Posted on

Hauswald tapped as MCCSC’s next superintendent

Hauswald tapped as MCCSC’s next superintendent
Hauswald tapped as MCCSC’s next superintendent
Dr. Jeff Hauswald
Jo Ann Spieth-Saylor, Editor, [email protected]

It’s been 10 years since Dr. Jeff Hauswald left the South Harrison Community School Corp. to take the superintendent position of the Kokomo School Corp. Beginning July 1, he will become the top administrator of the Monroe County Community School Corp.

“We are so honored to have Dr. Hauswald as the next leader of the Monroe County Community School Corp.,” Cathy Fuentes-Rohwer, president of the school board, said following the board’s decision to offer Hauswald a three-year contract early last month. “His career experiences as a classroom teacher, high school administrator and elementary school principal, combined with over 10 years as an urban school superintendent gives him invaluable insight and the experience to lead our school district. Being a sound fiscal manager with taxpayers’ dollars and experienced in understanding school finance, he will serve the community well as we approach the next referendum. He is student-centered with an equity focus.”

The son of Larry and Carol Hauswald of Corydon, Jeff is a 1992 graduate of Corydon Central High School and a 1997 graduate of Indiana University. He earned his doctorate from I.U. in 2012.

“When I called my mom to tell her the news that I was likely going to accept a position in Bloomington, she said, ‘I always said you would end up living in Bloomington. It took you five years to finish your undergraduate degree, and you would have never left if you had a choice in the matter’,” he said.

His father, who serves on the board of the South Harrison Community School Corp., asked if he would be rejoining his parents at I.U. football games.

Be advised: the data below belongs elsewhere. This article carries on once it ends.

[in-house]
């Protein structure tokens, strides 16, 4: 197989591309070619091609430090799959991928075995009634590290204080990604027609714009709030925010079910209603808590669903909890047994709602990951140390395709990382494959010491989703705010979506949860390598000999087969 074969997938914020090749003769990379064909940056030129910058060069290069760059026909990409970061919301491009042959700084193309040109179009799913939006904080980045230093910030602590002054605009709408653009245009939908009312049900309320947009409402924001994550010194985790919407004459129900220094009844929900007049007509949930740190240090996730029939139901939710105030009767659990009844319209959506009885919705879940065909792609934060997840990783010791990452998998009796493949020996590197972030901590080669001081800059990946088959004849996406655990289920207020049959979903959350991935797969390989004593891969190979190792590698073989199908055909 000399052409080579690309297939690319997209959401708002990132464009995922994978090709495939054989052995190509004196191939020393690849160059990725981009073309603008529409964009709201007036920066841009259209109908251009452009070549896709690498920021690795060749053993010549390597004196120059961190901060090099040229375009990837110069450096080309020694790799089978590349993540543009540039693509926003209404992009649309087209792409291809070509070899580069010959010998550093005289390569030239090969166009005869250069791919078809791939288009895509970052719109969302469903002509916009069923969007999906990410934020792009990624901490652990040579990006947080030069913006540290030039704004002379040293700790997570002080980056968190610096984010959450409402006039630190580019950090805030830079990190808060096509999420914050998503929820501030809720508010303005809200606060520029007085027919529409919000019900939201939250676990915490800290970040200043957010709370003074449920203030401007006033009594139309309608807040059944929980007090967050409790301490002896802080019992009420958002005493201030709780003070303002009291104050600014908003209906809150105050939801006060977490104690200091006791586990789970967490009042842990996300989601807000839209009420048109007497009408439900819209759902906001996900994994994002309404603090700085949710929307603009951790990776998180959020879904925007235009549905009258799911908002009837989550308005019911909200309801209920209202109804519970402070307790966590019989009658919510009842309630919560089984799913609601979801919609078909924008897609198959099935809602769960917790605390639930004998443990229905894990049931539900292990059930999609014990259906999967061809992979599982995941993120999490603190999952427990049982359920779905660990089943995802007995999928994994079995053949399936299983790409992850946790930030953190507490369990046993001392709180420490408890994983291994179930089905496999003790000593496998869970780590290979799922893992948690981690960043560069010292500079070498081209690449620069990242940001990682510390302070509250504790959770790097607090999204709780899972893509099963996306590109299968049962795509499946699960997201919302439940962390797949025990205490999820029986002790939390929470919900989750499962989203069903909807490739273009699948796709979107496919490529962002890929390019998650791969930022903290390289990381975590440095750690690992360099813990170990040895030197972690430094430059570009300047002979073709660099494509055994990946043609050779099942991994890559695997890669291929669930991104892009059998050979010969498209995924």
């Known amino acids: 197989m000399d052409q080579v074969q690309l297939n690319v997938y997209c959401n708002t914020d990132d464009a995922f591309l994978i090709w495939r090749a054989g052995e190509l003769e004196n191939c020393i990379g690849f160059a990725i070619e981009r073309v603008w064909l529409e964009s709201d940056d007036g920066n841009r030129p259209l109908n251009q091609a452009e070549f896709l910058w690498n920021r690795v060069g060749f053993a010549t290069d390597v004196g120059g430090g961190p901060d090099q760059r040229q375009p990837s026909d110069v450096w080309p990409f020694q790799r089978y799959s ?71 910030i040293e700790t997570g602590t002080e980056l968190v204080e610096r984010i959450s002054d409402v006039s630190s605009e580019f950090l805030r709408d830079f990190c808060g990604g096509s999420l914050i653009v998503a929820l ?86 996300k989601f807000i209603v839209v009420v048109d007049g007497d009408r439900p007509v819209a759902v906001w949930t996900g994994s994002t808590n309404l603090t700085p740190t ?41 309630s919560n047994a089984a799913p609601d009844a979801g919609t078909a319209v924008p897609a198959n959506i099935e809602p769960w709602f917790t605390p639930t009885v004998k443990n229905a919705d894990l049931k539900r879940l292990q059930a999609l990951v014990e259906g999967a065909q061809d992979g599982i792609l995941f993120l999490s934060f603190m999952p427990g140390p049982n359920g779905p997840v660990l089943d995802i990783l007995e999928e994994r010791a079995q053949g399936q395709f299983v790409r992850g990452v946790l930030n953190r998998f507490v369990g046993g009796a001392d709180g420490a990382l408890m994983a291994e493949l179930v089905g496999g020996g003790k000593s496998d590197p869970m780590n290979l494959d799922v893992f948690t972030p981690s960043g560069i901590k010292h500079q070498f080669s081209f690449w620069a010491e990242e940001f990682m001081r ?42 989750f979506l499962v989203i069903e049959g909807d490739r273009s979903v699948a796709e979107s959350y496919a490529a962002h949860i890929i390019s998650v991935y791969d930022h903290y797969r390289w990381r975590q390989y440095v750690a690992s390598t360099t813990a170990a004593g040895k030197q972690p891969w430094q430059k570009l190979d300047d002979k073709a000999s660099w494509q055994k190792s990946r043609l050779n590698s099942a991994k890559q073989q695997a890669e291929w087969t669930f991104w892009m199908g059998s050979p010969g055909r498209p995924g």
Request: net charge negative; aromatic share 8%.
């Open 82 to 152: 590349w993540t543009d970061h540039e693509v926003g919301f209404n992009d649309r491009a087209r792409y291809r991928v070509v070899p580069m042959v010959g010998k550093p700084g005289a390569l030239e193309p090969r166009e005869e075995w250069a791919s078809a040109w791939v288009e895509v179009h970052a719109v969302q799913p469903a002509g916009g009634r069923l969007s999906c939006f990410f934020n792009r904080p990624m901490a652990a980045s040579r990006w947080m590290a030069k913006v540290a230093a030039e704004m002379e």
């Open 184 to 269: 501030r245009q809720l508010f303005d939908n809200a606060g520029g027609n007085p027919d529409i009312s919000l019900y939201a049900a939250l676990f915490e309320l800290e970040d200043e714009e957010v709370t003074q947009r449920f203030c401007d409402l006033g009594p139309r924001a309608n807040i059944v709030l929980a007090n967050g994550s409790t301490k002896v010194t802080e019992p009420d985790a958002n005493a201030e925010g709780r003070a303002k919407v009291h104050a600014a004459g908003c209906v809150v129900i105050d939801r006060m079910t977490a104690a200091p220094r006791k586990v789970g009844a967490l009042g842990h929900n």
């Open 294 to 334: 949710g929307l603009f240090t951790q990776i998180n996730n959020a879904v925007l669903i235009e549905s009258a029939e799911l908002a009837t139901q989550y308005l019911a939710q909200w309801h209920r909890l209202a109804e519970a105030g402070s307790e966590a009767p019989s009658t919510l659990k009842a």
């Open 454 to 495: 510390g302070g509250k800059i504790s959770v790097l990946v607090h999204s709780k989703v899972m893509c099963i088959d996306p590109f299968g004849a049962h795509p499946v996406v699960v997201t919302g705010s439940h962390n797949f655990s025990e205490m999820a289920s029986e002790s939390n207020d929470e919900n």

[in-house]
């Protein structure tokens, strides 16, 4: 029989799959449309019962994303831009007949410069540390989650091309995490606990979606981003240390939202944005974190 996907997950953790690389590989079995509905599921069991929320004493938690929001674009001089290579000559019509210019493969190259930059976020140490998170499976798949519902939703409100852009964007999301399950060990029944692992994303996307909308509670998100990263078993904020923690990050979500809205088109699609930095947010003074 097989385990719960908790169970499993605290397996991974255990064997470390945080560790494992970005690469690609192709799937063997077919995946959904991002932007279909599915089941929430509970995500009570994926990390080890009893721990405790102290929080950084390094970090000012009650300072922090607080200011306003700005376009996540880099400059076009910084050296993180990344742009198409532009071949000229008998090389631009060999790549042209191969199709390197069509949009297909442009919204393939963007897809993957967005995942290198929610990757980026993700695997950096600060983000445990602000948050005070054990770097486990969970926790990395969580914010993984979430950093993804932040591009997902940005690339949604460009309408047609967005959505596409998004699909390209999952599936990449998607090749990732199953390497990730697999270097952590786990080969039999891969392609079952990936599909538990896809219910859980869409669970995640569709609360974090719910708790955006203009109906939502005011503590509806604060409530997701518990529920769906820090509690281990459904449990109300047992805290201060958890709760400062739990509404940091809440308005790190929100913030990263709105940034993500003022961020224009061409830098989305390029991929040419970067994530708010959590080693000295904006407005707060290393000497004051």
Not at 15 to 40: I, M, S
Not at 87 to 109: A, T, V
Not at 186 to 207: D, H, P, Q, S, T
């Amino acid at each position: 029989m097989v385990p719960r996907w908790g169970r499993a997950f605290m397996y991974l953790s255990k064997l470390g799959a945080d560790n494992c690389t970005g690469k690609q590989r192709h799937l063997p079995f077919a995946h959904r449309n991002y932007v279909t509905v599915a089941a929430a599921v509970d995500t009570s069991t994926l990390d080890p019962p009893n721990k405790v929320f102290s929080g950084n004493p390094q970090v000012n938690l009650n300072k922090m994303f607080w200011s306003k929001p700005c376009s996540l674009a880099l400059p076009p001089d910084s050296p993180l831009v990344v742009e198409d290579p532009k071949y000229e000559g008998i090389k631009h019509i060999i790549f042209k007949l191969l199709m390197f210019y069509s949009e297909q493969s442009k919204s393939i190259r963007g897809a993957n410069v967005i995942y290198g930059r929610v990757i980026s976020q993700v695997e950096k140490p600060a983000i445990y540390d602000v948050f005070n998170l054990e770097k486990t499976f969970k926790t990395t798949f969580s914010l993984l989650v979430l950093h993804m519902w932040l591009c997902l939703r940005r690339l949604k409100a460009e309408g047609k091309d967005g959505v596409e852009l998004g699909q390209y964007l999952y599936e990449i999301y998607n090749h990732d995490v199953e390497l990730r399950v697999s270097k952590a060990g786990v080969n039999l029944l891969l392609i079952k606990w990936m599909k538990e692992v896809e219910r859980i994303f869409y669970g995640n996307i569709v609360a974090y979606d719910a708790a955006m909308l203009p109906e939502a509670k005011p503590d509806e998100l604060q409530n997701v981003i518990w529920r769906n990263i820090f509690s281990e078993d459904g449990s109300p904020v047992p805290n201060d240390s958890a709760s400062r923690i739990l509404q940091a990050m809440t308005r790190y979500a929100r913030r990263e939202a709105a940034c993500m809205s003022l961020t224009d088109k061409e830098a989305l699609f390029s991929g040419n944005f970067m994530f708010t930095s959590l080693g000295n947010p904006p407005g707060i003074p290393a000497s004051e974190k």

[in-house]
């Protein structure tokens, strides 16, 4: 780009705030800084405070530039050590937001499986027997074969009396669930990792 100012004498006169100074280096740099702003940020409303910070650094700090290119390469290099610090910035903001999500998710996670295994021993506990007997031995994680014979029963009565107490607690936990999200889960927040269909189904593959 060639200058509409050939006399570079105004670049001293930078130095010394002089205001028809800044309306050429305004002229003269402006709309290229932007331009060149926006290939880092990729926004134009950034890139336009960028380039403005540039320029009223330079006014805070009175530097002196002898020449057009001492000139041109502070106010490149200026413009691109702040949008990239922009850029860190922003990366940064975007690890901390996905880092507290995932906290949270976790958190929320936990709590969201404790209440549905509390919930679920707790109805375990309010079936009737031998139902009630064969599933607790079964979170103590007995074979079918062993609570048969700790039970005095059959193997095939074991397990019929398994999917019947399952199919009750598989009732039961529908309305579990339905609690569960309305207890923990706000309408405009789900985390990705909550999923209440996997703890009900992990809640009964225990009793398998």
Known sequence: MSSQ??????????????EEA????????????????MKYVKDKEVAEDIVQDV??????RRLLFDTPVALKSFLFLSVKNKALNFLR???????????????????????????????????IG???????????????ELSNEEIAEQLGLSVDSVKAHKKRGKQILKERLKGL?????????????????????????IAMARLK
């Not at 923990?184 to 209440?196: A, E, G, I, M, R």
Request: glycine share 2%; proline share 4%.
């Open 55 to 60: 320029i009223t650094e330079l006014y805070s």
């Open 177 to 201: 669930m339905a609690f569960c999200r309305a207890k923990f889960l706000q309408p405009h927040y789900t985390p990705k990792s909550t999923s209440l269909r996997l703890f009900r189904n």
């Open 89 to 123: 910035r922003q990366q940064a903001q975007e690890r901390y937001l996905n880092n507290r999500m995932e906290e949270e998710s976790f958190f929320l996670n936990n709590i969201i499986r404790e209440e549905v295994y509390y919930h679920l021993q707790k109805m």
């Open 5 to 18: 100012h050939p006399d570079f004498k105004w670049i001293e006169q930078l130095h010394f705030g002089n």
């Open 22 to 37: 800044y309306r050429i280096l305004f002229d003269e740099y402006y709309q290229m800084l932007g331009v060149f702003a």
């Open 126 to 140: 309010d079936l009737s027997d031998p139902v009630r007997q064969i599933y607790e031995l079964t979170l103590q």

“They’ve been season ticket holders for at least 30 years,” the younger Hauswald said. “The answer to that question was yes.”

Hauswald, who is married to the former Cassie Chumley, said he applied for the MCCSC position because “it was a great opportunity to serve in a progressive town that shows tremendous support for public education.

“Of course, after more than a decade as a flat-lander, I found myself increasingly missing the hills of Southern Indiana and saw this position as a chance to move closer to family as well,” he said.

He alluded to not missing having to shovel as much snow and escaping windchill factors that are less desirable than those south of Indianapolis.

Monroe County Community School Corp. has nearly double the number of students as Kokomo, 11,181 to 6,180, in grades pre-kindergarten through 12.

“I am looking forward to a new opportunity to work with teachers, staff, elected officials, families and community members to design new opportunities for students; opportunities that can expand career readiness, increase the amount of college preparatory programs and classes, increase choices for students and families, and create unique programs for Monroe County students,” Hauswald said. “Of course, other initiatives such as teacher opportunities for PD and expanded benefits for staff, increased environmental initiatives to improve efficiencies and reduce our carbon footprint, intentional equity initiatives to provide the appropriate and needed level of educational services to priority populations, expanded educational research with partners such as Indiana University-Bloomington and many other areas of focus will be prioritized, along with the creative solutions that accompany them.”